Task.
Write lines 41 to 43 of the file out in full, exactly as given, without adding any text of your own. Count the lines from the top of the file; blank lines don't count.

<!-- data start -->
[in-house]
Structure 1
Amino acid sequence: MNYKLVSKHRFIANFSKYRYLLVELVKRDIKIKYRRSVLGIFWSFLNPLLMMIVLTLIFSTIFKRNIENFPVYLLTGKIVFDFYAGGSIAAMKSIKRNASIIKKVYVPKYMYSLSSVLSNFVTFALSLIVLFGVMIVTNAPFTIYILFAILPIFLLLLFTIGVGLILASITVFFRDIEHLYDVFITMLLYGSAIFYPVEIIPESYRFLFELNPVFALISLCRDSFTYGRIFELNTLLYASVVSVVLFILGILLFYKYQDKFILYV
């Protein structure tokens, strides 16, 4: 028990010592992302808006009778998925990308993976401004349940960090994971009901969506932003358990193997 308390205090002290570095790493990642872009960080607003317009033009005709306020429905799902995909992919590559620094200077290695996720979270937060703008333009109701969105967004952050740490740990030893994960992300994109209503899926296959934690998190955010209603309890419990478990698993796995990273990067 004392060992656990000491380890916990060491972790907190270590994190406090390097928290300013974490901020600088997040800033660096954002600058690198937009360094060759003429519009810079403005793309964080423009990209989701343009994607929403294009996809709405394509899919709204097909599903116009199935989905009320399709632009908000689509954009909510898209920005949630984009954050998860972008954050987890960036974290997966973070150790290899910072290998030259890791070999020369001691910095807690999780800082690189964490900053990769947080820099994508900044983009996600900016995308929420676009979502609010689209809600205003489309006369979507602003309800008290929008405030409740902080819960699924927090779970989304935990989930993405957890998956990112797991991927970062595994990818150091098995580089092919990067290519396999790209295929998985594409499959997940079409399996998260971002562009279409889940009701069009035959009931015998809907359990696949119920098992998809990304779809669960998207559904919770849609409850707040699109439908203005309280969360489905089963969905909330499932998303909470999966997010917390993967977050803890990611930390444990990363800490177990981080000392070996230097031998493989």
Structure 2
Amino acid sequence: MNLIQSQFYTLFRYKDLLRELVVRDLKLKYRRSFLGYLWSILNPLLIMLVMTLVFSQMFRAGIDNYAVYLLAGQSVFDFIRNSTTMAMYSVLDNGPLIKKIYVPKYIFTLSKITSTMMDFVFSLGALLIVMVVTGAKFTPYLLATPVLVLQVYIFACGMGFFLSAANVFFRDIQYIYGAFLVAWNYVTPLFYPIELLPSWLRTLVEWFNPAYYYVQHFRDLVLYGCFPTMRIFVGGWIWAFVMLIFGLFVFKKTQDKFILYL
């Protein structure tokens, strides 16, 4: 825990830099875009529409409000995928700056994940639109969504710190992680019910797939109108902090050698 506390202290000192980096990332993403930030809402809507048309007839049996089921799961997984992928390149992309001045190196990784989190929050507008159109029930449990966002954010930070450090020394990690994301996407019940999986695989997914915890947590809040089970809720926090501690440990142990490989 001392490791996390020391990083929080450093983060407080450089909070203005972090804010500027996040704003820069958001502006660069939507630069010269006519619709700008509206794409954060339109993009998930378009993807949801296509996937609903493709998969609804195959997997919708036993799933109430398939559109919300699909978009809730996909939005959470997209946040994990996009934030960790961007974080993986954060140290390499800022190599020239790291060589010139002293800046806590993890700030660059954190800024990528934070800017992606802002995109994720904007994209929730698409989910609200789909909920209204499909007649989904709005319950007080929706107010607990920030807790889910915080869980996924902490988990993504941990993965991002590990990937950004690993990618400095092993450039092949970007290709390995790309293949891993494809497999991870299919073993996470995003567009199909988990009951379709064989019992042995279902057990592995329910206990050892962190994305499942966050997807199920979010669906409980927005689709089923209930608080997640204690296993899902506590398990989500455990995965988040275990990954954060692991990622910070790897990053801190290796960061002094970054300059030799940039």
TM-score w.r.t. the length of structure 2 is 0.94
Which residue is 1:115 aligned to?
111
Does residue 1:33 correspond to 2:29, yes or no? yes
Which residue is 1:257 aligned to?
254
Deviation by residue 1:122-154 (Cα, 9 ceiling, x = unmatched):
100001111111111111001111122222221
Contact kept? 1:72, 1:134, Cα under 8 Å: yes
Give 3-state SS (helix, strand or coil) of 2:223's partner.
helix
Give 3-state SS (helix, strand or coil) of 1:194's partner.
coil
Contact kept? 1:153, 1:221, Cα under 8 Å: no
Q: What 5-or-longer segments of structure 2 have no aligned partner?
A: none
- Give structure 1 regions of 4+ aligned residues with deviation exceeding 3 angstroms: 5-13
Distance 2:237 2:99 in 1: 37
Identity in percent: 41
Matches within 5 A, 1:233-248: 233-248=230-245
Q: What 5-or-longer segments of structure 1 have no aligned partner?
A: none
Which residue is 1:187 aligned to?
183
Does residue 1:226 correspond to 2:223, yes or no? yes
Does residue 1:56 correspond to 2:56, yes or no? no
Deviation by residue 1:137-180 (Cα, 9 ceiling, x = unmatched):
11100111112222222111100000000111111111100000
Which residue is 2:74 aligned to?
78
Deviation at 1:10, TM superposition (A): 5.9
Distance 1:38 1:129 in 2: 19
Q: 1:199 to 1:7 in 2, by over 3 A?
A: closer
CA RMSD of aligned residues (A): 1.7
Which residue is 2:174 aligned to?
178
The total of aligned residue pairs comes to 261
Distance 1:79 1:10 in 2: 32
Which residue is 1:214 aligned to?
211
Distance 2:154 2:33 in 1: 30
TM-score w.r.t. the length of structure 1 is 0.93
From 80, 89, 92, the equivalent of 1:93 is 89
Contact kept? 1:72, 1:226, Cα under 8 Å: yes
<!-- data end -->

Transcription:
A: closer
CA RMSD of aligned residues (A): 1.7
Which residue is 2:174 aligned to?